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Long range planning effort
Citizens advise City on service levels, spending

Results of Ten Year Plan

In summer 2005, the City of Round Rock embarked on a long-range financial and service planning effort. The 10 Year Comprehensive Operational Plan was necessitated by the revelation at the City Council annual retreat in August 2005 the City faces potential budget deficits if expense and revenue trends are left unchecked.

We saw the financial challenge as an opportunity to ask our citizens about their preferences for how the City spends their tax dollars. We had never asked citizens to look at the big picture of all the Core Services the City provides and give us input on what Levels of Service we should provide among those Core Services. Service Level discussions in the past have typically focused on single issues.

More than 500 citizens weighed in on the 10 Year Plan by attending a series of public meetings in January and early February 2006, as well as going online to give us input.

Citizen comments by meeting date
Citizen comments by category

Most citizens want the City to stay the course in the level of services it provides.In summary, you indicated:

  • The City should stay the course on levels of service
  • A preference for increased levels of service in public safety and maintenance of urban infrastructure
  • A preference for user fees to pay for services
  • The City should continue to operate efficiently and aggressively implement cost controls

In all, 575 citizens provided their advice on the Plan. The results were presented to the City Council at a Feb. 22, 2006, work session. The Council weighed the input as it made budget and policy decisions over the spring and summer.

The Core Services we sought input on were: Library Services, Maintain Order and Enforce Laws, Fire Response, Emergency Medical Response, Parks and Open Space, Recreation Activities and Maintain Urban Infrastructure.

We’ve used a car analogy to describe different levels of service. Cars with more features and a more complex design tend to cost more. The upper end is a Lexus, the midrange a Camry and the lower end a Corolla. This does not mean the Corolla is a poor choice. It simply has fewer features and thus costs less. What’s appropriate – Lexus, Camry or Corolla – is a decision for the purchaser based on their needs, preferences and budget.

Levels of Service chartFive of the seven Core Services are currently at a Camry level. Fire Response and Urban Infrastructure were slightly below a Camry. At the Open House meetings, citizens learned about our current levels of service and what it would mean to have, say, a Lexus police department or a Corolla library. We also showed the annual cost associated with the three levels of service.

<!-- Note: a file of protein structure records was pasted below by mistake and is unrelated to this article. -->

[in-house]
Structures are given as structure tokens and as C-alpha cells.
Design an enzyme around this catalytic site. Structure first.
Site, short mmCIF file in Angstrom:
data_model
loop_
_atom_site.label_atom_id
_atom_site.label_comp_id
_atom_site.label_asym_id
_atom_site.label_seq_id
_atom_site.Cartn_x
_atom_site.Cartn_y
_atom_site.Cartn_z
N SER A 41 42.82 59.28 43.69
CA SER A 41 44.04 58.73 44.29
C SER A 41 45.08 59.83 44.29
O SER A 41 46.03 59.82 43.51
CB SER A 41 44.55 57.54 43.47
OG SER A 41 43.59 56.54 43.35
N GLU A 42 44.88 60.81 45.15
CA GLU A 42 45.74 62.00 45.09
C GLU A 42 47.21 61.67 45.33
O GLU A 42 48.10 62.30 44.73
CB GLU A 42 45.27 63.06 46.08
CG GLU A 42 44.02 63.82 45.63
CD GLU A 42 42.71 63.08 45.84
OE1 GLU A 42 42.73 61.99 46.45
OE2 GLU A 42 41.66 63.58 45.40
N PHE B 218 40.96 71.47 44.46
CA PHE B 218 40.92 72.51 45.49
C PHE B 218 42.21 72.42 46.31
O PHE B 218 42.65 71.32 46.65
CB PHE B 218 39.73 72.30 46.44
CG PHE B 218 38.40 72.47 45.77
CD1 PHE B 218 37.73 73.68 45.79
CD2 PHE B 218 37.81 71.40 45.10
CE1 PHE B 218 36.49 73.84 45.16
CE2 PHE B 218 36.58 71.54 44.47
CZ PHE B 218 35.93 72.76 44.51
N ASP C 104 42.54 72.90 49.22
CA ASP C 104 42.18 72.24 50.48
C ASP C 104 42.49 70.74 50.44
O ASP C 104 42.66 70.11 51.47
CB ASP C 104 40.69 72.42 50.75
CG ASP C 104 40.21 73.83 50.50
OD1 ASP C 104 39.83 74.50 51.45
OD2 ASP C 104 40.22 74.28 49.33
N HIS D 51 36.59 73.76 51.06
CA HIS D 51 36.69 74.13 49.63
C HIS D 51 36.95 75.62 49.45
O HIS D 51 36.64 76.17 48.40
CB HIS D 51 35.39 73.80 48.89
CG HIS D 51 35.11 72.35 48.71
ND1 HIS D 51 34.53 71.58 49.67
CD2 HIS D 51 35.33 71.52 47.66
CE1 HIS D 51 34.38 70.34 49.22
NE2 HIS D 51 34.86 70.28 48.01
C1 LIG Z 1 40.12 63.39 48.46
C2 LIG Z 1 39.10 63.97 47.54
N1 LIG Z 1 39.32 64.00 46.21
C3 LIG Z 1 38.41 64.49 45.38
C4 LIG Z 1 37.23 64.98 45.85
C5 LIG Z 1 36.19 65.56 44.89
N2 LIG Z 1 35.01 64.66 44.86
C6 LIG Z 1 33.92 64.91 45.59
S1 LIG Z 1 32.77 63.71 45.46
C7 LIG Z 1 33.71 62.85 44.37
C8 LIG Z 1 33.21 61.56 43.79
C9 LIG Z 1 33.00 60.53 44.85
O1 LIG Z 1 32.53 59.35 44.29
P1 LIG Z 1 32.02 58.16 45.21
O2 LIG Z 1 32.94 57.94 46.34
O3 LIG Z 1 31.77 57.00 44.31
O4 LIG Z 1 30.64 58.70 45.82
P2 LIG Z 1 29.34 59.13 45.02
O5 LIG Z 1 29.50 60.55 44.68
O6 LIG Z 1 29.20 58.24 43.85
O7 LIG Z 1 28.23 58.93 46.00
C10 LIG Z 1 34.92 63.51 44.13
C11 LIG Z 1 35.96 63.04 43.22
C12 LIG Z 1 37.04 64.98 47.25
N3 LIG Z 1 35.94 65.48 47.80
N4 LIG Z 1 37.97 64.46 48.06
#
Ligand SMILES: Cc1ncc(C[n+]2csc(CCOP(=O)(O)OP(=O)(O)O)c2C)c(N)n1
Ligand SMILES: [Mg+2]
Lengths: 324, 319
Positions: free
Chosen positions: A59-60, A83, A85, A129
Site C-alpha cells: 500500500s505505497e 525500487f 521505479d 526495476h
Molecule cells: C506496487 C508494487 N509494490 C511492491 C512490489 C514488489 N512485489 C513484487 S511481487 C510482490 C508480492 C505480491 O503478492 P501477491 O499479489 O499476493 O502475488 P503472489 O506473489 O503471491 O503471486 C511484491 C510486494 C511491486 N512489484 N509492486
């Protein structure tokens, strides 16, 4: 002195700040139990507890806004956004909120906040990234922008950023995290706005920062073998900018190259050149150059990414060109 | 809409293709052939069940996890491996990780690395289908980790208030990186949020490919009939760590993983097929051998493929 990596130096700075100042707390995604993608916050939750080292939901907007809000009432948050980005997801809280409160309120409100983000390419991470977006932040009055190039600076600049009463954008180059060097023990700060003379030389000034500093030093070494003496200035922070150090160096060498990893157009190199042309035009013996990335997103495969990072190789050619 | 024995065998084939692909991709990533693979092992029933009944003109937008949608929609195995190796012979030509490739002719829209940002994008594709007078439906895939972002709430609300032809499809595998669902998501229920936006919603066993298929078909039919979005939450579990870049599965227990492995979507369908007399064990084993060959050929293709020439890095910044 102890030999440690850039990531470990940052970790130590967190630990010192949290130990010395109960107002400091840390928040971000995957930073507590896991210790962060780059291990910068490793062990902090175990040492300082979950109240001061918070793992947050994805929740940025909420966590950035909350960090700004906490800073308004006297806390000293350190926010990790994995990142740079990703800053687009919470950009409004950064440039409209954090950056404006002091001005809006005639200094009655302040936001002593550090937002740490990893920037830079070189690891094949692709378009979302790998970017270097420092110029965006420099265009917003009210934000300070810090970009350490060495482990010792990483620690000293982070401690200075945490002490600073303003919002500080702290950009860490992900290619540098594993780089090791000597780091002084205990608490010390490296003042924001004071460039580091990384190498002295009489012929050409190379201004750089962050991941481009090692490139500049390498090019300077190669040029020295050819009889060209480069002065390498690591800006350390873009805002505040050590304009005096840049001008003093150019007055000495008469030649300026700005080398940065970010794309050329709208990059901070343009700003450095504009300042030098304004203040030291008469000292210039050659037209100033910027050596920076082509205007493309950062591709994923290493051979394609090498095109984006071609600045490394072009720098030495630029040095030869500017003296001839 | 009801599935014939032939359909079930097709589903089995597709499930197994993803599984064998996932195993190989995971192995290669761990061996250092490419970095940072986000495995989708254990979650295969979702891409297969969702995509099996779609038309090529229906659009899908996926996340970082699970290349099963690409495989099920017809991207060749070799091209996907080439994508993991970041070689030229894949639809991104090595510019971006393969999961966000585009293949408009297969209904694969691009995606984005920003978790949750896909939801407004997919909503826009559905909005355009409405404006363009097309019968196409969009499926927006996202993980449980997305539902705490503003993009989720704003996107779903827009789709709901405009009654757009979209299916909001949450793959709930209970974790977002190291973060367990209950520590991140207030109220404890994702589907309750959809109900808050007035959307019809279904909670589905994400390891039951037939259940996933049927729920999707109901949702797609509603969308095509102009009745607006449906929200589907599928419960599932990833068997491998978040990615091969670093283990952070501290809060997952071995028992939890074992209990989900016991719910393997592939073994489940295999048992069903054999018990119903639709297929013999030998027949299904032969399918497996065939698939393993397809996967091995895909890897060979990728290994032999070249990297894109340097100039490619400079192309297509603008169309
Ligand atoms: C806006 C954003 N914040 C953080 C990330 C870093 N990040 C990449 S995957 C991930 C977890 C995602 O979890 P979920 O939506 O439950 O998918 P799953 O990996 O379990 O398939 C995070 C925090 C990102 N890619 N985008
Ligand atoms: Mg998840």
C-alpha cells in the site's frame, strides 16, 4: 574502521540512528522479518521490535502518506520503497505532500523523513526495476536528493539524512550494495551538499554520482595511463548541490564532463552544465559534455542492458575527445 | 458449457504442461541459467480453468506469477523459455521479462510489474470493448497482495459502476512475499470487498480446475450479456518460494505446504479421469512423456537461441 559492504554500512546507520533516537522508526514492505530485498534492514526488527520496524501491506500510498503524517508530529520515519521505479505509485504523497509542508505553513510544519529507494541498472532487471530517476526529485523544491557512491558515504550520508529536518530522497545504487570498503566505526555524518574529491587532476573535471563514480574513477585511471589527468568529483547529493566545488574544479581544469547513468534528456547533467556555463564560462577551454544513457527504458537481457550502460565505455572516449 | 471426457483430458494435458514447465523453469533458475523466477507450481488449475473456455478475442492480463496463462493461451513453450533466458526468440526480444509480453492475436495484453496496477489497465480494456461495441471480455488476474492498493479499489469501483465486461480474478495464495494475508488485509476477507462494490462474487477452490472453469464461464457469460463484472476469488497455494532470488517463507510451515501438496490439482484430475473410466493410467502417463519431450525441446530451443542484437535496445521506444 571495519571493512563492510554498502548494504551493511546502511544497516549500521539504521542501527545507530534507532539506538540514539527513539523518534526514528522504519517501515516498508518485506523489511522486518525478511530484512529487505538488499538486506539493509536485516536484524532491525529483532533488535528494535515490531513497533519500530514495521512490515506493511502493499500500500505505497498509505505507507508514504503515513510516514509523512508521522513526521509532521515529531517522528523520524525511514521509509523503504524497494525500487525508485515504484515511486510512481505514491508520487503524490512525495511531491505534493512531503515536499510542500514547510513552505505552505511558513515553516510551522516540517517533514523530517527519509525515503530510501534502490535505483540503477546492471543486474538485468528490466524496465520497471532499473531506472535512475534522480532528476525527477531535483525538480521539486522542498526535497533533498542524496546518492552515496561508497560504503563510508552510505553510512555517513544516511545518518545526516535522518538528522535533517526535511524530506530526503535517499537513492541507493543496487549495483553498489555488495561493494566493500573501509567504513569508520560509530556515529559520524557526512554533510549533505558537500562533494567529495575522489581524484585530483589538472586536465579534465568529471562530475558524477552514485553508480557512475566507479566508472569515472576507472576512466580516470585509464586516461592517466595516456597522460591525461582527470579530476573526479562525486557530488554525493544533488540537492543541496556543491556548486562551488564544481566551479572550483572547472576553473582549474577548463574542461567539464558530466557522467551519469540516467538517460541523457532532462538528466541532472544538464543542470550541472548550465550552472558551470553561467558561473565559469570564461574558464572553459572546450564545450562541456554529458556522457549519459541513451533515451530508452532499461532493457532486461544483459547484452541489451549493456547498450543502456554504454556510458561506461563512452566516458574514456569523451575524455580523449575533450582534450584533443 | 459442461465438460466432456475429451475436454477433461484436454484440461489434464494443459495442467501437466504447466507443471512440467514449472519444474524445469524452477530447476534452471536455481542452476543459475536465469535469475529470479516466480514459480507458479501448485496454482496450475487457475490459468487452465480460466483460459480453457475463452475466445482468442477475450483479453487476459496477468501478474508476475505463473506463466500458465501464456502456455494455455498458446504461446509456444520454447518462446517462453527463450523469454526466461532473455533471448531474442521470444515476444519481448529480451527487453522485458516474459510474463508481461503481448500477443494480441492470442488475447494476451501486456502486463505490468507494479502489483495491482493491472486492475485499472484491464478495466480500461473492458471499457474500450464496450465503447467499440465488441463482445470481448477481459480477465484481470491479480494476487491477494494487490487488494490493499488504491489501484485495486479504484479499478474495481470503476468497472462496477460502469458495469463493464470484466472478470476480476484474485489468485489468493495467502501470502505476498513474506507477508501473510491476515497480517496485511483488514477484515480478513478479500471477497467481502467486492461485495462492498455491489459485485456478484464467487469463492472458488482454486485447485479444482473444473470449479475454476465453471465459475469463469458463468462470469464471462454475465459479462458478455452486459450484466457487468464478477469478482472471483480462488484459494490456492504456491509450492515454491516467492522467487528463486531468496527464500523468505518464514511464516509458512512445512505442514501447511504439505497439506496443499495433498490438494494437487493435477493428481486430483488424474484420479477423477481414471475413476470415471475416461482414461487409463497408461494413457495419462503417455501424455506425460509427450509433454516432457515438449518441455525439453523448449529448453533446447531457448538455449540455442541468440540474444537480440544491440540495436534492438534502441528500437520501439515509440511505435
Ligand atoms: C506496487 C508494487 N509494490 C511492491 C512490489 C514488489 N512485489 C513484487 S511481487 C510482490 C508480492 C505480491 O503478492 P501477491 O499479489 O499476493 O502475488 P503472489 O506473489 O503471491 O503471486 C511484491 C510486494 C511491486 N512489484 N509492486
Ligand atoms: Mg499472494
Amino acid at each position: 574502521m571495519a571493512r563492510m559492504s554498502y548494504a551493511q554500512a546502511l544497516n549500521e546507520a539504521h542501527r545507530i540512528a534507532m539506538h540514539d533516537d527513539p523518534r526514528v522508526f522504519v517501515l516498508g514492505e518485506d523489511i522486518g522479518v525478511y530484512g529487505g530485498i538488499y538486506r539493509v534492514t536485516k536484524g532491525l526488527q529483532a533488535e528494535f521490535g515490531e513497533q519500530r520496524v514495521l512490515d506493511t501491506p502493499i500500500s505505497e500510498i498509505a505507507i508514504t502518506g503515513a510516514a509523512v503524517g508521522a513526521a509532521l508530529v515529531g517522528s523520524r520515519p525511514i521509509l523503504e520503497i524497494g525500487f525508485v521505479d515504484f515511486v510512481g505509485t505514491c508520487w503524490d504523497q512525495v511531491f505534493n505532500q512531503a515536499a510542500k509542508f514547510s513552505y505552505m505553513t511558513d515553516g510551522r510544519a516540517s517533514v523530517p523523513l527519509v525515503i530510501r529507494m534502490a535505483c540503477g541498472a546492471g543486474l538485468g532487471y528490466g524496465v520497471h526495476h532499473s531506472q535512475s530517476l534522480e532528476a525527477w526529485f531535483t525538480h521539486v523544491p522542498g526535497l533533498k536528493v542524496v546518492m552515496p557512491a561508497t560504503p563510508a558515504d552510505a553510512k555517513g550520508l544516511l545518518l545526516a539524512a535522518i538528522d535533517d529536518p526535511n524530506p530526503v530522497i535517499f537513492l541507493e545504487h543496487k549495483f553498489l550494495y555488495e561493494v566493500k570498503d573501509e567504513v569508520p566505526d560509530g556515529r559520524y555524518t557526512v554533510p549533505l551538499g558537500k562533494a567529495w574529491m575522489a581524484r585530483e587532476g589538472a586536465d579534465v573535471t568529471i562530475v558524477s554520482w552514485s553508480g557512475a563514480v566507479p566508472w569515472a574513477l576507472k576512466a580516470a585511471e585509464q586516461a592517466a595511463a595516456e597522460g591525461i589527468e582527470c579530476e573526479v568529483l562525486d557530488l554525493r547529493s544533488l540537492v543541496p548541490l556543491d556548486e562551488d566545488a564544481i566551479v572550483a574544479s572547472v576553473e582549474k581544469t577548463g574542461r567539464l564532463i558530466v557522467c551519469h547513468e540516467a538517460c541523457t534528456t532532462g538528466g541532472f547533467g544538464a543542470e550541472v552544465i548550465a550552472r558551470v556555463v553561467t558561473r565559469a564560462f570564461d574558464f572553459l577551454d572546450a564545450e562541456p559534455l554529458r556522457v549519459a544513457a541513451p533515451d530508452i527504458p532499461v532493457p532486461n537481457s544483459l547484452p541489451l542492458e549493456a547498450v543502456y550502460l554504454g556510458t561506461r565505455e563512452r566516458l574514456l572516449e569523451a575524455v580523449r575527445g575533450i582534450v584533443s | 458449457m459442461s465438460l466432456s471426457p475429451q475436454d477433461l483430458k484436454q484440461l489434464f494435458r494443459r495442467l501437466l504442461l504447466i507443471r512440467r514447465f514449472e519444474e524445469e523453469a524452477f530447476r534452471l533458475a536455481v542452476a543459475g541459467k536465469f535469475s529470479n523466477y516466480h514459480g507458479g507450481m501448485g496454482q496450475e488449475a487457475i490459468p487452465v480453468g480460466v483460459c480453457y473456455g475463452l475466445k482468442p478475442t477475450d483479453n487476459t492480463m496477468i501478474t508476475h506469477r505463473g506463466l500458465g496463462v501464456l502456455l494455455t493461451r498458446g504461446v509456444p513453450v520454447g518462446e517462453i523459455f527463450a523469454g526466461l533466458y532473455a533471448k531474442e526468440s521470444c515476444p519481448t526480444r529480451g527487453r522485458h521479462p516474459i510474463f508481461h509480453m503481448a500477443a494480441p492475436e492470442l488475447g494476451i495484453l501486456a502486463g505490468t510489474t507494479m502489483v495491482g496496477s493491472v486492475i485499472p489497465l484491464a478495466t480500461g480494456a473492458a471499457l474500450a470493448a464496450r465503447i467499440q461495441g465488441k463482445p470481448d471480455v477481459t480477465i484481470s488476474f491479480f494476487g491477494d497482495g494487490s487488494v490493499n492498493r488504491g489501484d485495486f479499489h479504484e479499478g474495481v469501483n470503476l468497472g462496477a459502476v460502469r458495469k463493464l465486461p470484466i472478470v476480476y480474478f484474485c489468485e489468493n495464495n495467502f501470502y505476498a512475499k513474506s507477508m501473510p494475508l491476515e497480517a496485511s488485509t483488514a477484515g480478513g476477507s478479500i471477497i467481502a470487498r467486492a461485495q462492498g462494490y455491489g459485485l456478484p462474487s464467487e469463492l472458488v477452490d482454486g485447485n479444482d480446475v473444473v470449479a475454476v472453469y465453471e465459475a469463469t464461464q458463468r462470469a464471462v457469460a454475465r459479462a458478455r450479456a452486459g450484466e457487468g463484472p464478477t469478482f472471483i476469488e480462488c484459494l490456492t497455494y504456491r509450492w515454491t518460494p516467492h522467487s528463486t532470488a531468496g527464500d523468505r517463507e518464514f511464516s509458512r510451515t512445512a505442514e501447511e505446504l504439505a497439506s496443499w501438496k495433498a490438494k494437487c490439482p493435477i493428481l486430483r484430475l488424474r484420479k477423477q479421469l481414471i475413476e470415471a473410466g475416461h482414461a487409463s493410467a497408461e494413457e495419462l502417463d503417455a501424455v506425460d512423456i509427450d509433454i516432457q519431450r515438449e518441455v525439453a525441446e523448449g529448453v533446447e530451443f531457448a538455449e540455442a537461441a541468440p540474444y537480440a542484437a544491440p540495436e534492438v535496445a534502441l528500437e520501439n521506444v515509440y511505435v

After completing a tour of the Open House information and talking with staff about the service level options and costs, citizens sat down to fill out an “Advice Scorecard” to record their preferences. For each Core Service, they would choose Corolla, Camry or Lexus – and the associated tax rate impact. For example, choosing a Camry fire response would add 3 cents to the tax rate while selecting a Corolla for urban infrastructure would reduce the tax rate by 1 cent.

When citizens finished making their selections, they could see the financial impact of their choices as far as tax rate, budget and their personal annual property tax payment.

Of the 575 people who provided advice, here are the results of their choices:

• Average tax impact: +8.12 cents
• Average budget increase: $4.04 million
• Average increase to tax bill: $150.73

Note: The tax impact is for a single year. It is not compounded year after year.

Chart of How to Pay for servicesWe also asked how they wanted to pay for their chosen levels of service.

• 65 percent said they are willing to raise taxes
• 82 percent said they are willing to raise user fees
• 39 percent said they are willing to cut services

EMS responsibilities
The provision of Emergency Medical Services is a responsibility the City shares with Williamson County. The American Heart Association recommends a response time of 6 minutes for 90 percent of EMS calls. Because the City and County share stations, we are not meeting this 6-minute goal. Currently, County EMS units are housed in four of the City’s seven fire stations.

Chart of EMS responsesThe City’s goal is to formalize an agreement with Williamson County to relocate Williamson County EMS from City Fire Stations to EMS stations. Strategically located EMS stations would enable EMS responders, City Fire or Williamson County EMS, to respond to critical EMS calls within 6 minutes 90 percent or more of the time. A second goal is to establish an agreement with Williamson County so qualified City Firefighters can provide Advanced Life Support, or Paramedic, services.

We asked citizens if they supported those goals, and 74 percent said “Yes” to relocating Williamson County EMS to its own stations, and 93 percent said “Yes” to allowing qualified firefighters to provide Paramedic services.

With this “gut check” on service levels from our citizens, the City will continue to address the budgetary concerns that surfaced last summer. We will continue to aggressively seek ways to control costs through efficiencies, partnerships and careful spending while exploring additional revenue from user fees. The City will also work, though its economic development partnership with the Round Rock Chamber of Commerce, to diversify our economy and expand our sales tax base.

The City has also set up an email box, [email protected], where you can ask questions or make comments.

Posted: Friday, June 23, 2006

City of Round Rock | 221 East Main Street, Round Rock, Texas 78664 | Phone: (512) 218-5400
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